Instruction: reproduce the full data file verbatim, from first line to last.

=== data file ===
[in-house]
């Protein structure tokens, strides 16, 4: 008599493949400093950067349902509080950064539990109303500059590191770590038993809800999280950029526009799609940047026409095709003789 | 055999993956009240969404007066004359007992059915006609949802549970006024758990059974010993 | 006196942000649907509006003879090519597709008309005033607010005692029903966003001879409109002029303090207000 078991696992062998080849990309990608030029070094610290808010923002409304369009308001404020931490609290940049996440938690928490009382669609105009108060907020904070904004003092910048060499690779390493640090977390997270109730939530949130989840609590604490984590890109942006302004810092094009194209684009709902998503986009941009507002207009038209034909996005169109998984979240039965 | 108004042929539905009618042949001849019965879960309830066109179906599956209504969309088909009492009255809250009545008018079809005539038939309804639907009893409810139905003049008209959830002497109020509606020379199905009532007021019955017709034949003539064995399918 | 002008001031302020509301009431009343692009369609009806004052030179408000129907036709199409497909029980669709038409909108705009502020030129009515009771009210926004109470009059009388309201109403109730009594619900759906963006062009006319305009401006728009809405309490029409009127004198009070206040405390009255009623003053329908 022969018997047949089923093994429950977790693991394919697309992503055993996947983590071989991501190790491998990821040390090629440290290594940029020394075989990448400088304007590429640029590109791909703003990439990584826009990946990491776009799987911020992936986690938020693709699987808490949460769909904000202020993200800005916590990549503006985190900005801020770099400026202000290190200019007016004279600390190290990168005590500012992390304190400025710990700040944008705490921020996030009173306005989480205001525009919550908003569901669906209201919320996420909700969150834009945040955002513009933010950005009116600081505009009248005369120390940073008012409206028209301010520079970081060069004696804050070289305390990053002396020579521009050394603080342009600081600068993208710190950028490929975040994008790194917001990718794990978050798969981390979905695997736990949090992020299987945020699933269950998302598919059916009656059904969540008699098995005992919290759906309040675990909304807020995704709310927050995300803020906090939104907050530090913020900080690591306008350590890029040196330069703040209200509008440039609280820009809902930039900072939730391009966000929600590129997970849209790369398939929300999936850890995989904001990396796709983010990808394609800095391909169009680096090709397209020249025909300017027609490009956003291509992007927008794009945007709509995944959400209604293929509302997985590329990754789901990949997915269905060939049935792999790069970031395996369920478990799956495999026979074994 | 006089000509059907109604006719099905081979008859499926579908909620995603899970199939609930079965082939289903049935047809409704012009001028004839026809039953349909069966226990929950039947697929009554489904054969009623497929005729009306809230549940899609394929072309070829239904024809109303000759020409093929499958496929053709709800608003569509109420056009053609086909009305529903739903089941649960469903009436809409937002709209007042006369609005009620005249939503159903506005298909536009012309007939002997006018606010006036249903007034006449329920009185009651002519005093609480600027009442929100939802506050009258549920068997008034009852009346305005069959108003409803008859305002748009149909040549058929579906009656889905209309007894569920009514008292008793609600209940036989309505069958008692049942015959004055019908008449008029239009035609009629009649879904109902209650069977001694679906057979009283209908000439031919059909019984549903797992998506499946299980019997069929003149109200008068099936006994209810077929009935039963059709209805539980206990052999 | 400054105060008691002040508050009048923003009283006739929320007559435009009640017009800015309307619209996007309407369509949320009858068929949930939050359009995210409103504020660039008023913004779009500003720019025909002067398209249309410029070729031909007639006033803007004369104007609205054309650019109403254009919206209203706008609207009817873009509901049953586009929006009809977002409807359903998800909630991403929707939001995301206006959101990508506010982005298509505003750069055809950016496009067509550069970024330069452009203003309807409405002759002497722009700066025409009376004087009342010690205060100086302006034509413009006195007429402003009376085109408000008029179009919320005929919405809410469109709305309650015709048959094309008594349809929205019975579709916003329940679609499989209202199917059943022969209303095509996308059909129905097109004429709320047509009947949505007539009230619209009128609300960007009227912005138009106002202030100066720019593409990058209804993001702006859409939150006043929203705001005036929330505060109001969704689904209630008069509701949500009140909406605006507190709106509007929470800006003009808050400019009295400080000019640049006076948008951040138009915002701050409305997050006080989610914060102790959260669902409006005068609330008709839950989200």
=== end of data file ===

[in-house]
């Protein structure tokens, strides 16, 4: 008599493949400093950067349902509080950064539990109303500059590191770590038993809800999280950029526009799609940047026409095709003789 | 055999993956009240969404007066004359007992059915006609949802549970006024758990059974010993 | 006196942000649907509006003879090519597709008309005033607010005692029903966003001879409109002029303090207000 078991696992062998080849990309990608030029070094610290808010923002409304369009308001404020931490609290940049996440938690928490009382669609105009108060907020904070904004003092910048060499690779390493640090977390997270109730939530949130989840609590604490984590890109942006302004810092094009194209684009709902998503986009941009507002207009038209034909996005169109998984979240039965 | 108004042929539905009618042949001849019965879960309830066109179906599956209504969309088909009492009255809250009545008018079809005539038939309804639907009893409810139905003049008209959830002497109020509606020379199905009532007021019955017709034949003539064995399918 | 002008001031302020509301009431009343692009369609009806004052030179408000129907036709199409497909029980669709038409909108705009502020030129009515009771009210926004109470009059009388309201109403109730009594619900759906963006062009006319305009401006728009809405309490029409009127004198009070206040405390009255009623003053329908 022969018997047949089923093994429950977790693991394919697309992503055993996947983590071989991501190790491998990821040390090629440290290594940029020394075989990448400088304007590429640029590109791909703003990439990584826009990946990491776009799987911020992936986690938020693709699987808490949460769909904000202020993200800005916590990549503006985190900005801020770099400026202000290190200019007016004279600390190290990168005590500012992390304190400025710990700040944008705490921020996030009173306005989480205001525009919550908003569901669906209201919320996420909700969150834009945040955002513009933010950005009116600081505009009248005369120390940073008012409206028209301010520079970081060069004696804050070289305390990053002396020579521009050394603080342009600081600068993208710190950028490929975040994008790194917001990718794990978050798969981390979905695997736990949090992020299987945020699933269950998302598919059916009656059904969540008699098995005992919290759906309040675990909304807020995704709310927050995300803020906090939104907050530090913020900080690591306008350590890029040196330069703040209200509008440039609280820009809902930039900072939730391009966000929600590129997970849209790369398939929300999936850890995989904001990396796709983010990808394609800095391909169009680096090709397209020249025909300017027609490009956003291509992007927008794009945007709509995944959400209604293929509302997985590329990754789901990949997915269905060939049935792999790069970031395996369920478990799956495999026979074994 | 006089000509059907109604006719099905081979008859499926579908909620995603899970199939609930079965082939289903049935047809409704012009001028004839026809039953349909069966226990929950039947697929009554489904054969009623497929005729009306809230549940899609394929072309070829239904024809109303000759020409093929499958496929053709709800608003569509109420056009053609086909009305529903739903089941649960469903009436809409937002709209007042006369609005009620005249939503159903506005298909536009012309007939002997006018606010006036249903007034006449329920009185009651002519005093609480600027009442929100939802506050009258549920068997008034009852009346305005069959108003409803008859305002748009149909040549058929579906009656889905209309007894569920009514008292008793609600209940036989309505069958008692049942015959004055019908008449008029239009035609009629009649879904109902209650069977001694679906057979009283209908000439031919059909019984549903797992998506499946299980019997069929003149109200008068099936006994209810077929009935039963059709209805539980206990052999 | 400054105060008691002040508050009048923003009283006739929320007559435009009640017009800015309307619209996007309407369509949320009858068929949930939050359009995210409103504020660039008023913004779009500003720019025909002067398209249309410029070729031909007639006033803007004369104007609205054309650019109403254009919206209203706008609207009817873009509901049953586009929006009809977002409807359903998800909630991403929707939001995301206006959101990508506010982005298509505003750069055809950016496009067509550069970024330069452009203003309807409405002759002497722009700066025409009376004087009342010690205060100086302006034509413009006195007429402003009376085109408000008029179009919320005929919405809410469109709305309650015709048959094309008594349809929205019975579709916003329940679609499989209202199917059943022969209303095509996308059909129905097109004429709320047509009947949505007539009230619209009128609300960007009227912005138009106002202030100066720019593409990058209804993001702006859409939150006043929203705001005036929330505060109001969704689904209630008069509701949500009140909406605006507190709106509007929470800006003009808050400019009295400080000019640049006076948008951040138009915002701050409305997050006080989610914060102790959260669902409006005068609330008709839950989200």